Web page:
Family and Medical Leave Act of 1993 (FMLA)
A federal law requiring employers to give covered employees unpaid, job protected leave from employment (29 U.S.C. §§ 2601-2654). Coverage for employees generally requires that the employee:
Have worked for a covered employer for at least 12 months that need not be consecutive.
Have worked at least 1,250 hours over the 12 months immediately before the leave.
Coverage for employers requires a minimum of 50 employees. Employees are not covered if they work at a facility with fewer than a total of 50 employees working within 75 miles of that facility.
Qualifying reasons for FMLA leave include:
Birth and care of an employee's newborn child.
Placement of an employee's adopted or foster child with the employee.
Care of an employee's immediate family member (spouse, child or parent) with a serious health condition (www.practicallaw.com/7-504-3072).
The employee's serious health condition that prevents the employee from performing the functions of the job.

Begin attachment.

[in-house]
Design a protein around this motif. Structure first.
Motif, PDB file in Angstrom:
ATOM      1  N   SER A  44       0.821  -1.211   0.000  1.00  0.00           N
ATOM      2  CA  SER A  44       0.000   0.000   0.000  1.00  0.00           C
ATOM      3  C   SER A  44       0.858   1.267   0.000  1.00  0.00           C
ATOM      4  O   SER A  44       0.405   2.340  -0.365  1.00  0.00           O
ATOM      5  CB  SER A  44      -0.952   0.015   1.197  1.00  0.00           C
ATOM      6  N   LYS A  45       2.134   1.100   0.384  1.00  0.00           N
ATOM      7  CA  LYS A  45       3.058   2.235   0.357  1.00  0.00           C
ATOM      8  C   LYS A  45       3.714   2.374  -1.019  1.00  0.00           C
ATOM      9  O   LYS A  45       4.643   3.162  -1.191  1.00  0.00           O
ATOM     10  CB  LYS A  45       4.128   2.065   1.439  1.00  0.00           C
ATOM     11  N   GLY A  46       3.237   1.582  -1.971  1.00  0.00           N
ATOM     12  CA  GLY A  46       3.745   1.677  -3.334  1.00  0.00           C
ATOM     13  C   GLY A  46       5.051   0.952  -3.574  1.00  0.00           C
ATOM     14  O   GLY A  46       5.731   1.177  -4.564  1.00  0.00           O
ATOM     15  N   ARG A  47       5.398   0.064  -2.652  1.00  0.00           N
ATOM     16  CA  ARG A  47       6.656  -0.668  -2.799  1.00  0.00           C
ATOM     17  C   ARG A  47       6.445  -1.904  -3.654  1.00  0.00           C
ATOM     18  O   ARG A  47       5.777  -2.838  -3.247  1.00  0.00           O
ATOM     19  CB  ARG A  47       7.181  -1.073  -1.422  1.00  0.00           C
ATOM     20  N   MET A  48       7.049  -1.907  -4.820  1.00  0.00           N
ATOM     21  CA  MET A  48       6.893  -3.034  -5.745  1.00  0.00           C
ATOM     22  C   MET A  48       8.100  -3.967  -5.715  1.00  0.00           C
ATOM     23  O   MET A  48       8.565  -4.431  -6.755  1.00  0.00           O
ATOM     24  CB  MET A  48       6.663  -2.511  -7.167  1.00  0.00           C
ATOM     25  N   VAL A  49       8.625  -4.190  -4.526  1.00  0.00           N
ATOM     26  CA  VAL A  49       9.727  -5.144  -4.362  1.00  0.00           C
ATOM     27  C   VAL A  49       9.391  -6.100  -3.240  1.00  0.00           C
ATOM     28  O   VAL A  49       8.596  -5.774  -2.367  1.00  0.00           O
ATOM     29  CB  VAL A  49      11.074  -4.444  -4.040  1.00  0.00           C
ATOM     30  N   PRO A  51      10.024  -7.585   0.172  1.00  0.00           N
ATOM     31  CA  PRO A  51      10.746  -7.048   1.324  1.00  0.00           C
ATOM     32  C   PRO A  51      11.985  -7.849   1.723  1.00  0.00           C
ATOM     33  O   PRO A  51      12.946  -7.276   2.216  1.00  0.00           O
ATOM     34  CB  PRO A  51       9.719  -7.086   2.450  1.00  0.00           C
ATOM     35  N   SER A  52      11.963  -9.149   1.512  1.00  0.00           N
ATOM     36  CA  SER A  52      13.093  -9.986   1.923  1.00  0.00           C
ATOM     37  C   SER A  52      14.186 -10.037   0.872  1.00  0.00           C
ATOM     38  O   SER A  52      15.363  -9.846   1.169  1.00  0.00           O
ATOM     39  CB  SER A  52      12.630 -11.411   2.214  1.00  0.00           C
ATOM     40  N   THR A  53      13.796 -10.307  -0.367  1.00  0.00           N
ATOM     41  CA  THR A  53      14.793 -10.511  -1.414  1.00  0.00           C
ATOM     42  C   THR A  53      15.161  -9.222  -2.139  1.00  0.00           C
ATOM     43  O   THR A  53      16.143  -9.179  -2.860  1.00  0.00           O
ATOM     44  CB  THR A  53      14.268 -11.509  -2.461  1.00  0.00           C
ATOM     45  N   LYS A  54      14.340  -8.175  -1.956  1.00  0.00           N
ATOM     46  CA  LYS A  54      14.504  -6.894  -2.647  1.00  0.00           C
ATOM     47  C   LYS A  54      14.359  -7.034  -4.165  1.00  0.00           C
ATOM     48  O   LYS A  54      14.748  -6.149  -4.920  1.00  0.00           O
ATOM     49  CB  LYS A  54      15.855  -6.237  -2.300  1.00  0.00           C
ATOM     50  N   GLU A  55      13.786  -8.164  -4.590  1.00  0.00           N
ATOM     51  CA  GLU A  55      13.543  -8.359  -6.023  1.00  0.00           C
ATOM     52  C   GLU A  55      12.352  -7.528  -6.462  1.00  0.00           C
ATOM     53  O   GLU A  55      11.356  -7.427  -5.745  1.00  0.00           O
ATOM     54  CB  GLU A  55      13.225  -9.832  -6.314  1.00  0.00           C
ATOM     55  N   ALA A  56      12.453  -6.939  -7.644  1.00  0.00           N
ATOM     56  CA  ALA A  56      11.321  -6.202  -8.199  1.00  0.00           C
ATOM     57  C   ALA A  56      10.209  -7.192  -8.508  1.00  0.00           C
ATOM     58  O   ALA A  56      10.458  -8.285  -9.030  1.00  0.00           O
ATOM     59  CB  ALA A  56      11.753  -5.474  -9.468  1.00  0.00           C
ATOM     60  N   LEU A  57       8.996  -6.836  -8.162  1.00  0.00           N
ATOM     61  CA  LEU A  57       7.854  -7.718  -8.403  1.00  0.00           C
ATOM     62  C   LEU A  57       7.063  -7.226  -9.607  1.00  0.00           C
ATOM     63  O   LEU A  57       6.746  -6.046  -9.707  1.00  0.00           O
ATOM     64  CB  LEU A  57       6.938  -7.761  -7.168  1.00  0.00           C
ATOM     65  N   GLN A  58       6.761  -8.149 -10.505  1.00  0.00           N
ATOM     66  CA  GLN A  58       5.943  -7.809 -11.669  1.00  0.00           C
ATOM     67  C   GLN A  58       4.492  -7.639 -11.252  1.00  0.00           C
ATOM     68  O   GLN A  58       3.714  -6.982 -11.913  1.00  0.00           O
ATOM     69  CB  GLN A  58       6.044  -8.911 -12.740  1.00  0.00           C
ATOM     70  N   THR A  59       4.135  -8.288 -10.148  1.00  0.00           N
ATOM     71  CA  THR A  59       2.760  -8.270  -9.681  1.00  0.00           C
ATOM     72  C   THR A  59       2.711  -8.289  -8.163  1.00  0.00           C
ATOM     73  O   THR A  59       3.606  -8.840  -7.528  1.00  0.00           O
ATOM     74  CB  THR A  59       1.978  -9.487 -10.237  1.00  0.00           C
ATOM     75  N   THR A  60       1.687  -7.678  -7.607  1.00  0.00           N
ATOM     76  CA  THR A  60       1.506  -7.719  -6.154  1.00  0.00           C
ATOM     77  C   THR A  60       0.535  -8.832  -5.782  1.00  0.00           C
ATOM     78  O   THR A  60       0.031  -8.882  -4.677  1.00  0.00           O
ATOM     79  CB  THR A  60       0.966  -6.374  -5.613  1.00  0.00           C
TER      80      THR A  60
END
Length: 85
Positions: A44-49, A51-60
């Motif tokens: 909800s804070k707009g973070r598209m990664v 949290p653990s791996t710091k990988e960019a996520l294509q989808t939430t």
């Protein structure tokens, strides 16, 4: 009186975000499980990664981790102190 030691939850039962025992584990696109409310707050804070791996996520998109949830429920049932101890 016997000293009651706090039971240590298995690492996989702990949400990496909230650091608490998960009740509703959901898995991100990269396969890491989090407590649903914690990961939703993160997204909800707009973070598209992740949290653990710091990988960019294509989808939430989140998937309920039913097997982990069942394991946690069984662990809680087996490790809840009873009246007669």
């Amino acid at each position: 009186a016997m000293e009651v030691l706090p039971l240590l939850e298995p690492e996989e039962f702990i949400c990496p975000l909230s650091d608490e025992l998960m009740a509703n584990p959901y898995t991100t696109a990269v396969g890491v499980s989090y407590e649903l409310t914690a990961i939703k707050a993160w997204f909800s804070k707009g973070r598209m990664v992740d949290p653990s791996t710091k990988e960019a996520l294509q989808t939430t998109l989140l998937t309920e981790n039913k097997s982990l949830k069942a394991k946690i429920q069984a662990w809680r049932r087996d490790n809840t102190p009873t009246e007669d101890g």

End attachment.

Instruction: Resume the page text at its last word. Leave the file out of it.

Providing care for a family member who is a covered servicemember who has a serious injury or illness.
Certain qualifying exigencies (www.practicallaw.com/5-502-3433) arising because a military member is on covered active duty, is on call to covered active duty status, or has been notified of an impending call or order to covered active duty status.
Special rules apply to airline flight crew employees.
For more information, see Practice Notes, Family and Medical Leave Act (FMLA) Basics (www.practicallaw.com/9-505-1339), and Military Leave Law: Military Caregiver Leave (www.practicallaw.com/7-504-4849) and Exigency Leave (www.practicallaw.com/7-504-4849).
The FMLA is administered by the Department of Labor (www.practicallaw.com/2-501-6354).